Even famous investors can make costly errors or losses when it comes to their investment decisions and portfolio
George Soros once lost $2 billion from his Quantum Fund during Russia’s 1998 financial crisis. Warren Buffett also recently admitted that he “overpaid” for Kraft Heinz, where the company’s shares in 2019 were trading at about 1/3 of the share price valuation in 2017.
Isaac Newton once said, after losing a fortune in the South Sea Company, that he could “Calculate the motions of the heavenly bodies, but not the madness of the people.” Given that such fine minds as these can make such errors, it would be tempting to believe that catastrophic loss is inevitable for less experienced investors. Yet whilst unexpected “mistakes with good intentions” are indeed sometimes made by investors, a huge number of investment errors can be traced back to preventable actions, or omissions, which happened earlier on.
In this short guide, we’ll be sharing four of these common, avoidable investment mistakes with you. This content is intended to inform and inspire your thinking, and should not be taken as financial advice. To receive bespoke, regulated financial advice into your financial affairs, please consult a professional financial adviser.
#1 Poor Due Diligence
You might well be looking at a fund with a strong recent history of investment returns. Yet if the fund is built on shaky foundations (or “fundamentals”) or if you do not understand the investment style of the fund manager, it can be easy for costly mistakes to happen.
This is especially true of more unconventional, speculative stocks and funds. A recent example which has dominated the headlines, of course, is Neil Woodford’s UK Equity Fund which has declined to about £3.7 billion in value, down from its peak of £10 billion a few years ago. There are many reasons why this particular fund is in trouble, and the news is constantly developing. However, one of the factors which left the Fund so vulnerable was that it was underpinned by a set of assumptions about how Brexit would transpire, which turned out not to happen.
Of course, no investment is risk-free and informed judgements will always need to be made about where and when to invest. Yet it’s worthwhile trying to understand an investment as much as possible with your financial adviser before committing money to it.
#2 Autopilot Investing
Investing is a bit like setting sail on a voyage. You might start out facing the right direction, but if you simply leave the rudder and sails unattended it will not be long before you veer off course. When it comes to investing, you do not need to be monitoring your investments 24/7. However, neither is it sensible to take a “set it and forget it” approach to your investments. Here, it can be incredibly valuable to have a trusted financial adviser who can help you monitor your investment portfolio, to ensure it does not drift away from your financial goals.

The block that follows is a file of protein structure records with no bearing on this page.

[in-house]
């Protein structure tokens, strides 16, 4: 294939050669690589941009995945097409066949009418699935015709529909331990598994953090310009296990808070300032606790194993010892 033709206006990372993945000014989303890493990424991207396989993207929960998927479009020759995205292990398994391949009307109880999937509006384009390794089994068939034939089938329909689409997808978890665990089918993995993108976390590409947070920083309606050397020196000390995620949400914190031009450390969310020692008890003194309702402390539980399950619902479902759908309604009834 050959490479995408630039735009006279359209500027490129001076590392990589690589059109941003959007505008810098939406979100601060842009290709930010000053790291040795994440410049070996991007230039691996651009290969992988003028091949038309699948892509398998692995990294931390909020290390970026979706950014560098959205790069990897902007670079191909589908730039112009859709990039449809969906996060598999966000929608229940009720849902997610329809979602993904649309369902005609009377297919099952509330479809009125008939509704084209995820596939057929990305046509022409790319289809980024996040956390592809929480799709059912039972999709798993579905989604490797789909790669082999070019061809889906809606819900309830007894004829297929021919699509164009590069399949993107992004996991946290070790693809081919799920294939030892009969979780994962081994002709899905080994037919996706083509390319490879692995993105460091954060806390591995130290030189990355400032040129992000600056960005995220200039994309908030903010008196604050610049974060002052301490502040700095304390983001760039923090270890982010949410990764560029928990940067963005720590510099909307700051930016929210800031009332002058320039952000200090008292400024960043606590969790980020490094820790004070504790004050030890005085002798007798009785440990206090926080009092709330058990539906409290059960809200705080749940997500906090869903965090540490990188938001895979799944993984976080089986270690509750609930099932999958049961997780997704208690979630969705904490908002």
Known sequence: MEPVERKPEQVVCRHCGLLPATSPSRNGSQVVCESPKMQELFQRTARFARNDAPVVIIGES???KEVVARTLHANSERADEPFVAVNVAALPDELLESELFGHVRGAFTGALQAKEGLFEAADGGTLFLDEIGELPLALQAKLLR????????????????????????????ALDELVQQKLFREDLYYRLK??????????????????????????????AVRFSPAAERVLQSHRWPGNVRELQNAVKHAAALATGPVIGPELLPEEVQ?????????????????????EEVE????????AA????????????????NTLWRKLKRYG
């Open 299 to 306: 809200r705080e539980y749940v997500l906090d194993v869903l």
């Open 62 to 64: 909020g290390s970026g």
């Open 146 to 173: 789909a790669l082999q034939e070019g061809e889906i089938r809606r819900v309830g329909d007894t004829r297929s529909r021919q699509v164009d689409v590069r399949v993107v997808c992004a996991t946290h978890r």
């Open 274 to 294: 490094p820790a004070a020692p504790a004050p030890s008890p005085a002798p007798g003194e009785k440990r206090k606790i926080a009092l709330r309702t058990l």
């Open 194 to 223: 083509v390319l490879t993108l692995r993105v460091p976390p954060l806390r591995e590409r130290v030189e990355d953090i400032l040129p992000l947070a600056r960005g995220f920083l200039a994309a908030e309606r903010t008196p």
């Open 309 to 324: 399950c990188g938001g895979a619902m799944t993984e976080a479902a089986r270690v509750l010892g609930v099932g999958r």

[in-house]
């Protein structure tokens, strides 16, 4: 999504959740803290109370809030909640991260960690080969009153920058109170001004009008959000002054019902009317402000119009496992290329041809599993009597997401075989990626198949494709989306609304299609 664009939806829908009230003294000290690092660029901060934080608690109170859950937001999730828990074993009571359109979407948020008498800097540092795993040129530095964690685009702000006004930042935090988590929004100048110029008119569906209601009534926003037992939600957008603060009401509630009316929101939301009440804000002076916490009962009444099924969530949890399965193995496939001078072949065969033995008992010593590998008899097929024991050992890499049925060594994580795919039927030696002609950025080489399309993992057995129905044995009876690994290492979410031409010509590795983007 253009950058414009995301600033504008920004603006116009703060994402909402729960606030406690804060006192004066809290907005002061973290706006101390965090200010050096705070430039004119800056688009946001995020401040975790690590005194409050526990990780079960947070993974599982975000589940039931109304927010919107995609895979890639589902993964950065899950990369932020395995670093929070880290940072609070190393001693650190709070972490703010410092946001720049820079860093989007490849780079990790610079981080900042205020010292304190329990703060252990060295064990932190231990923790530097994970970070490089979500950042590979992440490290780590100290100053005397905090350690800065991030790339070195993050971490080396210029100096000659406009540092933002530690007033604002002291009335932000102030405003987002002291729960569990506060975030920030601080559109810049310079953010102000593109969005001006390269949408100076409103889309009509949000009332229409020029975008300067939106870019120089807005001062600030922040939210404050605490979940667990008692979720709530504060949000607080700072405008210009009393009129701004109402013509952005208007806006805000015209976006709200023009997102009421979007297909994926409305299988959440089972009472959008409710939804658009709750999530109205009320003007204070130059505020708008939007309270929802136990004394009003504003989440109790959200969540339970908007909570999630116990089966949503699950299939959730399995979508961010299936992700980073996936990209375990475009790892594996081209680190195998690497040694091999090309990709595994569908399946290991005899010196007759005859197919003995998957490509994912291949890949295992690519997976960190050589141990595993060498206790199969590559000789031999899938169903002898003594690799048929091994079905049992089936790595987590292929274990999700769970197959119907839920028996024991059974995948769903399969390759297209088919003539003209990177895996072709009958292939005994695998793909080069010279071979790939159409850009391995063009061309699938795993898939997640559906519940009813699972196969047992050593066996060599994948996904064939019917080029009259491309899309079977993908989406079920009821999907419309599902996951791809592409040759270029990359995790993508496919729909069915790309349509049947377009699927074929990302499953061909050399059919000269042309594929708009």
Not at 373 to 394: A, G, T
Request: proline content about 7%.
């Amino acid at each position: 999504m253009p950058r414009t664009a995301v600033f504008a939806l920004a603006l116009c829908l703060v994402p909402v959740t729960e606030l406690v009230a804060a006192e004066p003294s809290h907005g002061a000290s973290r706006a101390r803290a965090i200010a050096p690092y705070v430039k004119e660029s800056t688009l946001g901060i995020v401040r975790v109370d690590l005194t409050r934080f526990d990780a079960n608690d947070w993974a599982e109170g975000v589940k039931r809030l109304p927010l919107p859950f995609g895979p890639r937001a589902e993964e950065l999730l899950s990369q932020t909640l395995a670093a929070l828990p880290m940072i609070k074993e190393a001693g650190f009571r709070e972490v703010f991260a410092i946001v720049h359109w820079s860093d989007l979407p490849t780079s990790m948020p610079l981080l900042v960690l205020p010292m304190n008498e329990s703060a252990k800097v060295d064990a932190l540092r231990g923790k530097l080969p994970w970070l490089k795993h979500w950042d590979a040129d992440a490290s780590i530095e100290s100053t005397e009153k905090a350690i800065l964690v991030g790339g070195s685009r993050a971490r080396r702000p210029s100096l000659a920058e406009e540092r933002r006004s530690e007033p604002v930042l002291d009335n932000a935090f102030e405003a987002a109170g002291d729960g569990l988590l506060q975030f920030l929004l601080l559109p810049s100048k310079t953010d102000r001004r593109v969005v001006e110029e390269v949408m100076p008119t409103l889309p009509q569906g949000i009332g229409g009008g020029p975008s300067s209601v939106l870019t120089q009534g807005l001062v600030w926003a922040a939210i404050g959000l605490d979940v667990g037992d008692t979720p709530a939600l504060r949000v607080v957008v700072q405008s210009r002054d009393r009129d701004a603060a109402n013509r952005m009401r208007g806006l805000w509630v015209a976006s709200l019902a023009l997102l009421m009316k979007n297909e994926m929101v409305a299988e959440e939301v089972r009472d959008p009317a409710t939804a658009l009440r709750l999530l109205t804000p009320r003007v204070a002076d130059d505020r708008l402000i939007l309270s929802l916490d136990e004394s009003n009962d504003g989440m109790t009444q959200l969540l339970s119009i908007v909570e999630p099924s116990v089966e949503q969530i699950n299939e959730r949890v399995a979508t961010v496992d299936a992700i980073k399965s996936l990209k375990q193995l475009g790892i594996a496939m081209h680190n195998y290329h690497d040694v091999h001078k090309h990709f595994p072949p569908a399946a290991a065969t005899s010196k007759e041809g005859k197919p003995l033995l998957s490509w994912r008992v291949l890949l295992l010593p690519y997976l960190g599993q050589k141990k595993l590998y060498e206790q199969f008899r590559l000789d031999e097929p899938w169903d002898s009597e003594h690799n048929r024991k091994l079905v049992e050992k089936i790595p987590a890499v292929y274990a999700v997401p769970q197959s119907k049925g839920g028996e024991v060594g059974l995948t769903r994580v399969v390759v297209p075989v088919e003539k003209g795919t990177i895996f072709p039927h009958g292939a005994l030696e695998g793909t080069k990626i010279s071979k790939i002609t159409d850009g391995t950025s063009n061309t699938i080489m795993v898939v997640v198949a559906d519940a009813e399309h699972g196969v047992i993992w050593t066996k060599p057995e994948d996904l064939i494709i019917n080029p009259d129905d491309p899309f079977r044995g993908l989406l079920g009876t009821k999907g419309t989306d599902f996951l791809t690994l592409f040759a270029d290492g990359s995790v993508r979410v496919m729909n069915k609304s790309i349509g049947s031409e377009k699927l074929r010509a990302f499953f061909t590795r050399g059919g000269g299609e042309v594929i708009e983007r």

#3 Impulsive Decisions
The aforementioned point needs to be balanced with another one. Whilst you should indeed keep an eye on your investments, it’s crucial to not emotionally react to every short term fluctuation in performance. This is often the hardest lesson for investors to learn, and perhaps the easiest area for investors to make mistakes. Yet simply buying or selling due to a “gut feeling”, or out of panic due to a sudden decline in an investment’s value, is usually unwise.
Here, it can help to have the assistance of an objective financial professional to guide you. After all, emotions can cut both ways and it can sometimes be difficult to discern the right investment decision. For instance, your emotions might compel you in some situations to sell a declining investment, but on other occasions, your feelings might tell you to hold onto a falling asset because it hurts to admit that you “picked a loser”.
#4 Unaffordable Risks
It becomes so much harder to avoid letting your emotions guide your investment decisions
when you are risking money which would be unaffordable to lose. The stress and a heightened sense of panic accompanying this type of investing are typically too much for most people to bear, and the high-pressure situation can lead to buying or selling decisions which are often regretted later when heads are clearer.
Of course, part of the challenge here is separating the objective (i.e. what you can objectively afford to commit towards more aggressive and more defensive investments) and the subjective (i.e. your tolerance and attitude towards investment risk). It’s easy to confuse the two, and so, once again, it can help to seek the counsel of a financial adviser who can assist in separating these more neatly.
The reality is that all investors are likely to make mistakes at some point. Yet that does not mean that you should not seek to avoid those which are identifiable and preventable. Quite often, of course, mistakes can provide a valuable lesson which can refine your investment decisions in the future. This is one good reason to consider starting an investment strategy earlier on in your life and career, which gives you more time to learn whilst granting your investments more time to compound and grow.
The above list of common mistakes is not comprehensive. Indeed, there are many other crucial areas which we have not had time to cover. If you are interested in discussing your strategy and investments with us, then our advisers here at Punter Southall Aspire would be delighted to arrange a consultation with you.